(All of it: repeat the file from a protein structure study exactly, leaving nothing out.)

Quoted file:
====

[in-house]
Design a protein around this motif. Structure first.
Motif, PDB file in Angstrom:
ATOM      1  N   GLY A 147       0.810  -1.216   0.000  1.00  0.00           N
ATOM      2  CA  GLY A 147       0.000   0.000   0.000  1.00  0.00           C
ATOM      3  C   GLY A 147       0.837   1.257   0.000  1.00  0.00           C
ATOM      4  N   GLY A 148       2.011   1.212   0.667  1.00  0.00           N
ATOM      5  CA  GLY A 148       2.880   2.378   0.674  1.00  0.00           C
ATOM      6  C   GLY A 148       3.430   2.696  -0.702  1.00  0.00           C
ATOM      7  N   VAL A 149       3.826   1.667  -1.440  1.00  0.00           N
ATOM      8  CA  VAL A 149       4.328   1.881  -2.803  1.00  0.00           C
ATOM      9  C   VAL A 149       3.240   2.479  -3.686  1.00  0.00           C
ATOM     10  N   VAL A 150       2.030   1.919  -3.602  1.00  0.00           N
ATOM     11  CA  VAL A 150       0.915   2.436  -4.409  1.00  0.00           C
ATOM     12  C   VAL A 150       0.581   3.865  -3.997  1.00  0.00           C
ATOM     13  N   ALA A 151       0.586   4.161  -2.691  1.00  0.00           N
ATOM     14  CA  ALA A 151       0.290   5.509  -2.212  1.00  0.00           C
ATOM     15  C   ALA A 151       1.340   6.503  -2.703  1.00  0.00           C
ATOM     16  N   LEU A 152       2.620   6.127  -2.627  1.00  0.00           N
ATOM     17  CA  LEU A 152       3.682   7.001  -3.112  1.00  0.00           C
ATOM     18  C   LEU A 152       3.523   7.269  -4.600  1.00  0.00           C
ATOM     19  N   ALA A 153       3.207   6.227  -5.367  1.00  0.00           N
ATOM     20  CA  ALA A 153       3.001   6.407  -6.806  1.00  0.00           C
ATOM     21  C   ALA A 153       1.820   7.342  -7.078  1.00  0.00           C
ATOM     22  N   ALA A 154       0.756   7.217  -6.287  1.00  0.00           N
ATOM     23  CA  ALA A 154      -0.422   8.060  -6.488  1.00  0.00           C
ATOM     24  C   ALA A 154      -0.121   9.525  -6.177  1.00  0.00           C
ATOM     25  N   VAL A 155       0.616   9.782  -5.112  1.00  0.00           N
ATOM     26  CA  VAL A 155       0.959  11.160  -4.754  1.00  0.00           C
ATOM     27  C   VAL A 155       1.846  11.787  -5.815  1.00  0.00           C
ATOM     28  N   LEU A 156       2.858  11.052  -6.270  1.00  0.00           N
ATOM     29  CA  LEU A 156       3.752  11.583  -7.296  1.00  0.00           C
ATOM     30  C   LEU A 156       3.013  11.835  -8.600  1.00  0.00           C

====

[in-house]
Design a protein around this motif. Structure first.
Motif, PDB file in Angstrom:
ATOM      1  N   GLY A 147       0.810  -1.216   0.000  1.00  0.00           N
ATOM      2  CA  GLY A 147       0.000   0.000   0.000  1.00  0.00           C
ATOM      3  C   GLY A 147       0.837   1.257   0.000  1.00  0.00           C
ATOM      4  N   GLY A 148       2.011   1.212   0.667  1.00  0.00           N
ATOM      5  CA  GLY A 148       2.880   2.378   0.674  1.00  0.00           C
ATOM      6  C   GLY A 148       3.430   2.696  -0.702  1.00  0.00           C
ATOM      7  N   VAL A 149       3.826   1.667  -1.440  1.00  0.00           N
ATOM      8  CA  VAL A 149       4.328   1.881  -2.803  1.00  0.00           C
ATOM      9  C   VAL A 149       3.240   2.479  -3.686  1.00  0.00           C
ATOM     10  N   VAL A 150       2.030   1.919  -3.602  1.00  0.00           N
ATOM     11  CA  VAL A 150       0.915   2.436  -4.409  1.00  0.00           C
ATOM     12  C   VAL A 150       0.581   3.865  -3.997  1.00  0.00           C
ATOM     13  N   ALA A 151       0.586   4.161  -2.691  1.00  0.00           N
ATOM     14  CA  ALA A 151       0.290   5.509  -2.212  1.00  0.00           C
ATOM     15  C   ALA A 151       1.340   6.503  -2.703  1.00  0.00           C
ATOM     16  N   LEU A 152       2.620   6.127  -2.627  1.00  0.00           N
ATOM     17  CA  LEU A 152       3.682   7.001  -3.112  1.00  0.00           C
ATOM     18  C   LEU A 152       3.523   7.269  -4.600  1.00  0.00           C
ATOM     19  N   ALA A 153       3.207   6.227  -5.367  1.00  0.00           N
ATOM     20  CA  ALA A 153       3.001   6.407  -6.806  1.00  0.00           C
ATOM     21  C   ALA A 153       1.820   7.342  -7.078  1.00  0.00           C
ATOM     22  N   ALA A 154       0.756   7.217  -6.287  1.00  0.00           N
ATOM     23  CA  ALA A 154      -0.422   8.060  -6.488  1.00  0.00           C
ATOM     24  C   ALA A 154      -0.121   9.525  -6.177  1.00  0.00           C
ATOM     25  N   VAL A 155       0.616   9.782  -5.112  1.00  0.00           N
ATOM     26  CA  VAL A 155       0.959  11.160  -4.754  1.00  0.00           C
ATOM     27  C   VAL A 155       1.846  11.787  -5.815  1.00  0.00           C
ATOM     28  N   LEU A 156       2.858  11.052  -6.270  1.00  0.00           N
ATOM     29  CA  LEU A 156       3.752  11.583  -7.296  1.00  0.00           C
ATOM     30  C   LEU A 156       3.013  11.835  -8.600  1.00  0.00           C